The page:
Originally staged in 1975, John Romeril’s The Floating World is something of a lost Australian classic. Originally staged in 1975, John Romeril’s The Floating World is something of a lost Australian classic. The story tells the tale of Les and Irene, an everyday Australian couple on a cruise to Japan. Les himself, however, is a former WWII prisoner of war, and as he and his wife get closer to their destination, his sanity begins to unravel.
“The thing that drew me to the play is the urgency of the content,” says director Sam Strong, who is staging a new production of the play at Griffin Theatre Company. “The play is an epic work, and bringing something of such scope to an intimate space like this is a challenge, but compressing it has the effect of intensifying the work. The other exciting thing, or course, is that The Floating World contains such a wide variety of styles, from monologues and very naturalistic dialogue through to music and stand-up comedy. Then you have the multiple realities on stage as Les’s mind begins to deteriorate. All of those things are incredibly exciting to realise on stage.”
The Floating World is a product of the 1970s, when Australia still regarded Asia, and especially Japan, with a degree of suspicion – though present day attitudes are somewhat different, Strong maintains that the play has something to say about the national character. “On the one hand, the play is of its time,” he says, “it deals with the experiences of a former prisoner of war, at a time when Australia’s relationship to Japan was starting to change, thanks to more widespread tourism, and an embrace of Japanese products. In a broader sense, though, it’s not just a story about Australia’s relationship with Japan – it’s a story about Australian xenophobia. In staging a story like that, we’re posing questions of how much or how little has changed since the 1970s. In light of the current discussions around refugees, I think that question still holds some urgency.”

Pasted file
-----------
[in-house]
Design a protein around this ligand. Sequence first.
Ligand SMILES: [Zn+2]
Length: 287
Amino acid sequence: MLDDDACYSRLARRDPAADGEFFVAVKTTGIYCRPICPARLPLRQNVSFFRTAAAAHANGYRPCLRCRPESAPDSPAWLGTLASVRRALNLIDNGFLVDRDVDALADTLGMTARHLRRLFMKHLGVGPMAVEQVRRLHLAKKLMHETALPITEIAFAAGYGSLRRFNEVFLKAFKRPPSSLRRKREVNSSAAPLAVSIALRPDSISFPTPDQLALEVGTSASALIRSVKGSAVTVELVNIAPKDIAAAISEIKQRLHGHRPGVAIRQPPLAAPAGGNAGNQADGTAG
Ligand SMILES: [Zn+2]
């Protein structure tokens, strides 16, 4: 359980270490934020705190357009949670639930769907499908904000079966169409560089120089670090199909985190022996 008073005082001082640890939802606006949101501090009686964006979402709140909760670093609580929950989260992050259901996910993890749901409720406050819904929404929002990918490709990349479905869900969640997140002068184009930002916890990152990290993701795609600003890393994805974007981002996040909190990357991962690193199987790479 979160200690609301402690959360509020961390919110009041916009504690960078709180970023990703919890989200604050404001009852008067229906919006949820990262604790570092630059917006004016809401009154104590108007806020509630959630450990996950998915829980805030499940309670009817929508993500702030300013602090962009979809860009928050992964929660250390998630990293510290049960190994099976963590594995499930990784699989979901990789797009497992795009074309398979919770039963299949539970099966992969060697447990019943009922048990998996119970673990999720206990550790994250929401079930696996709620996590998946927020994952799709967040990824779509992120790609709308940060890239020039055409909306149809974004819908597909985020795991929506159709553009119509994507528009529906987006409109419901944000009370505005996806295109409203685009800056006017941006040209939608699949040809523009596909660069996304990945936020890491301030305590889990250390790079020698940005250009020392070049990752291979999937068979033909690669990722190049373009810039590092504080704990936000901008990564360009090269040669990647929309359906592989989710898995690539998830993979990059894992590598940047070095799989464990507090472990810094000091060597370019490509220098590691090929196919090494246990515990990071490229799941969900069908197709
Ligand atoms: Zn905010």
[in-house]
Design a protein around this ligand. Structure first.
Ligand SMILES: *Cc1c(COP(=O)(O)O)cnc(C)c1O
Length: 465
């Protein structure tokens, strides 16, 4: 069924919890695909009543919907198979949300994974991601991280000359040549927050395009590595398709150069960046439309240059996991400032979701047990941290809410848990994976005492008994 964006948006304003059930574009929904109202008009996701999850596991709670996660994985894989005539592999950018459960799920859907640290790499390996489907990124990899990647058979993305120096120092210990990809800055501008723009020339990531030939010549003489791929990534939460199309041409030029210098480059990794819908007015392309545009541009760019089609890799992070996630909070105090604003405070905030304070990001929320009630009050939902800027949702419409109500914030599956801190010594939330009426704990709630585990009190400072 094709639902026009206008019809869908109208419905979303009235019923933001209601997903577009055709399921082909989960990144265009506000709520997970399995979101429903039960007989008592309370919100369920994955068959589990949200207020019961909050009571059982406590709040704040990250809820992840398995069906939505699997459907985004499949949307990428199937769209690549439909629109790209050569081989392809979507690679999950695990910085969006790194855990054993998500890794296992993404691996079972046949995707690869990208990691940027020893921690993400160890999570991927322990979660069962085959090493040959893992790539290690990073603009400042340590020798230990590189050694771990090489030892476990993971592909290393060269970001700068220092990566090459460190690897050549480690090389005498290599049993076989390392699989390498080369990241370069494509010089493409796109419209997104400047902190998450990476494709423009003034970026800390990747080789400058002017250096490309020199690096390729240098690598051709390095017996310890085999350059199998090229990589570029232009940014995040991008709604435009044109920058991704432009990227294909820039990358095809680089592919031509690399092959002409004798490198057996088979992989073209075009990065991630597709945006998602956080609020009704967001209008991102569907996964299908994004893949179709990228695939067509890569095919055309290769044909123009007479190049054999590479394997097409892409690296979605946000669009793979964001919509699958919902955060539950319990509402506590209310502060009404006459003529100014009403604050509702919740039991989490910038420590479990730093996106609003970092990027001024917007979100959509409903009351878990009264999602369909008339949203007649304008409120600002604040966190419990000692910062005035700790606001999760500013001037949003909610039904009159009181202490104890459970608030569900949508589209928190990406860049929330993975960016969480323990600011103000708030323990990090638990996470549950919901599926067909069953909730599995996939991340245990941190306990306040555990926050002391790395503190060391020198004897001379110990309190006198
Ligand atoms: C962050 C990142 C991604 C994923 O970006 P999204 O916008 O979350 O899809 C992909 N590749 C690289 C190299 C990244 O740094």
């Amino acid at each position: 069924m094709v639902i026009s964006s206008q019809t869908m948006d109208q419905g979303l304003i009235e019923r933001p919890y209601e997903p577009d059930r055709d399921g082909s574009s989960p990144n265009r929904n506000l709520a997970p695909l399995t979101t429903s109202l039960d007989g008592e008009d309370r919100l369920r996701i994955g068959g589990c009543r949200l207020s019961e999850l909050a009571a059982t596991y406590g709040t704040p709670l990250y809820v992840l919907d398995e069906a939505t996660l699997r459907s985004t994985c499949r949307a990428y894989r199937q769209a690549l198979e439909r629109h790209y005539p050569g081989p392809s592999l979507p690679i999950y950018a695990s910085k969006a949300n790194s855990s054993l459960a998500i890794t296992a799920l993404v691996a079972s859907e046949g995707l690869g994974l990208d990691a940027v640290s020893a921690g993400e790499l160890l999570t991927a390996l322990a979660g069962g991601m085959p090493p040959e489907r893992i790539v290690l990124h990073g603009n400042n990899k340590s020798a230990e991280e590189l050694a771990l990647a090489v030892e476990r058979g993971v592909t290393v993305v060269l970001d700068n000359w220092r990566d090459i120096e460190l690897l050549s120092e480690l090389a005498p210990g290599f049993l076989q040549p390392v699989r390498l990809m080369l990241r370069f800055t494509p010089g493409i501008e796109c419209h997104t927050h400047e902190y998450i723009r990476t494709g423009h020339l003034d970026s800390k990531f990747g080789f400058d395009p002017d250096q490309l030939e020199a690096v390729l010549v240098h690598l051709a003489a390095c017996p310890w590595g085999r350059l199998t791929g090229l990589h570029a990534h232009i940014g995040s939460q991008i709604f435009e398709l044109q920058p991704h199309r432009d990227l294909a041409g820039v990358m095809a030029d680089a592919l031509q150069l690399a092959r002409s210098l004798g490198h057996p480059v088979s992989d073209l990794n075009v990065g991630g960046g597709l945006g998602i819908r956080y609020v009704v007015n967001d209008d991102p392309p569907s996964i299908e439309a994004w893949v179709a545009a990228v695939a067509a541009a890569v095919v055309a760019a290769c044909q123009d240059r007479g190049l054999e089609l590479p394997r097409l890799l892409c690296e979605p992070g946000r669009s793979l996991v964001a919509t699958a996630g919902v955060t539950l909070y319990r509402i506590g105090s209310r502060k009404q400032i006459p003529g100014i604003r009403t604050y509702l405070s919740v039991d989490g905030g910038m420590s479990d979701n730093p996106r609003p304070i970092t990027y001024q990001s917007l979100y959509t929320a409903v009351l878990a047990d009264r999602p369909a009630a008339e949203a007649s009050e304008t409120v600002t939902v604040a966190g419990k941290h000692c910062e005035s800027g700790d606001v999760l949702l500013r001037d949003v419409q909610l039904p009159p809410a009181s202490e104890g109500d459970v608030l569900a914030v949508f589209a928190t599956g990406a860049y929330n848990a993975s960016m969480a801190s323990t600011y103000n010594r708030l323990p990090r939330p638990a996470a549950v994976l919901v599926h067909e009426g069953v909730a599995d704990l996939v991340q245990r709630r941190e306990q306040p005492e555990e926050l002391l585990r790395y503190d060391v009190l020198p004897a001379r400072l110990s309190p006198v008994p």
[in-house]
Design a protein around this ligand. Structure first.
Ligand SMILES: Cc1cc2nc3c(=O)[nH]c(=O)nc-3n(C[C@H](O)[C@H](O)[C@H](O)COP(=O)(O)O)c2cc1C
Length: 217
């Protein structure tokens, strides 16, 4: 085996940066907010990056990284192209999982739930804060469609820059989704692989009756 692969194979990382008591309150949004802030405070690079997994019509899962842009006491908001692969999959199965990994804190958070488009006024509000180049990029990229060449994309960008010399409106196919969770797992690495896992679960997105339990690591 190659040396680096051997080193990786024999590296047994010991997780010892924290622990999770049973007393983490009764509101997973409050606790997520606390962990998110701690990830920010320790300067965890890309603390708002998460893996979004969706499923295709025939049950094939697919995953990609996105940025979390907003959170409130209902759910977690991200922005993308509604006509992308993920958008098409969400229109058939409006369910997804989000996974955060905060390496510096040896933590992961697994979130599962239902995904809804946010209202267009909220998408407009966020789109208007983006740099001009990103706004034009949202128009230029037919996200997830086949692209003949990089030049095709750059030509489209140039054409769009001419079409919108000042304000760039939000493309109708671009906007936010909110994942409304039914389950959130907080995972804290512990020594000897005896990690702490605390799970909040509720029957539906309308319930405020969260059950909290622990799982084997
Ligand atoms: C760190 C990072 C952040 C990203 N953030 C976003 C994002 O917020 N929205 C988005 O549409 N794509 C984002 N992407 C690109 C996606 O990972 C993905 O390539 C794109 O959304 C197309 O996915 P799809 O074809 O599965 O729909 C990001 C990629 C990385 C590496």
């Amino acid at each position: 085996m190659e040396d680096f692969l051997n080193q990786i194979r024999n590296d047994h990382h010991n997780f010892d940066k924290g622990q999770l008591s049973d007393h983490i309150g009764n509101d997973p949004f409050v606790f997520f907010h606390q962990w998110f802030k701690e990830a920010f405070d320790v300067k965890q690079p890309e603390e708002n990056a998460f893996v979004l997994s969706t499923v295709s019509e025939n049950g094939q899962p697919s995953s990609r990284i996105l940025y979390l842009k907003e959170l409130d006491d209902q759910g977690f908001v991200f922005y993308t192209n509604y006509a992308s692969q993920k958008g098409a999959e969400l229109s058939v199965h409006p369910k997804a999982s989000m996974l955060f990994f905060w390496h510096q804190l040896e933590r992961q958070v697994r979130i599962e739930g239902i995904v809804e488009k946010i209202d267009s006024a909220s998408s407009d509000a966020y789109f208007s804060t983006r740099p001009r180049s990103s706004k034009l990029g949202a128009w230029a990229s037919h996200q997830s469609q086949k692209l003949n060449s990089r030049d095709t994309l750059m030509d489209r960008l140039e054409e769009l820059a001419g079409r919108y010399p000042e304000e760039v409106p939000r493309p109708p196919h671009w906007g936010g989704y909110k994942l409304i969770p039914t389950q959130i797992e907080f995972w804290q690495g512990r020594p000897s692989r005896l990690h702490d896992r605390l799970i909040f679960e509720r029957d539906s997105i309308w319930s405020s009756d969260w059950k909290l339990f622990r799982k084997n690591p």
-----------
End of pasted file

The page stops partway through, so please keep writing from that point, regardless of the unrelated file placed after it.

Approaching the show from a contemporary perspective, Strong says his production of The Floating World will be more natural and less caricatured than original 1970s stagings. “The play follows the breakdown and disintegration of Les’s mind,” he says, “but one thing that may not have been emphasised as much in the original productions it that it’s also very much his wife Irene’s story, and it’s a story about the falling apart of a marriage. Romeril drew the relationship between Les and Irene beautifully, and we’re lucky in that we have two such very talented actors as Peter Kowitz and Valerie Bader playing the roles. They’ve worked together before and have a real chemistry so we started at a pretty advanced state, and we’re able to achieve the maximum emotional effect from their disintegrating relationship.”
The playwright himself, John Romeril, has had quite a degree of involvement with the current production of The Floating World – he has come to rehearsals, and even consulted with Strong on a few edits to the script. “What’s great is John’s spirit,” Strong says. “He’s a very ambitious writer, he’s a very political writer, and he’s a true person of the theatre. His spirit, literally and metaphorically, have been great gifts for the ensemble. One more point on having John in the room, one of the great things about the Australian theatre industry is that you can have some genuine cross-generational exchange going on. The people who wrote our classic plays are still around in many cases, and it’s great, because it allows people of different generations to come together and share ideas in the one room.”
BY ALASDAIR DUNCAN griffintheatre.com.au
The Floating World is showing at Griffin Theatre Company until November 16.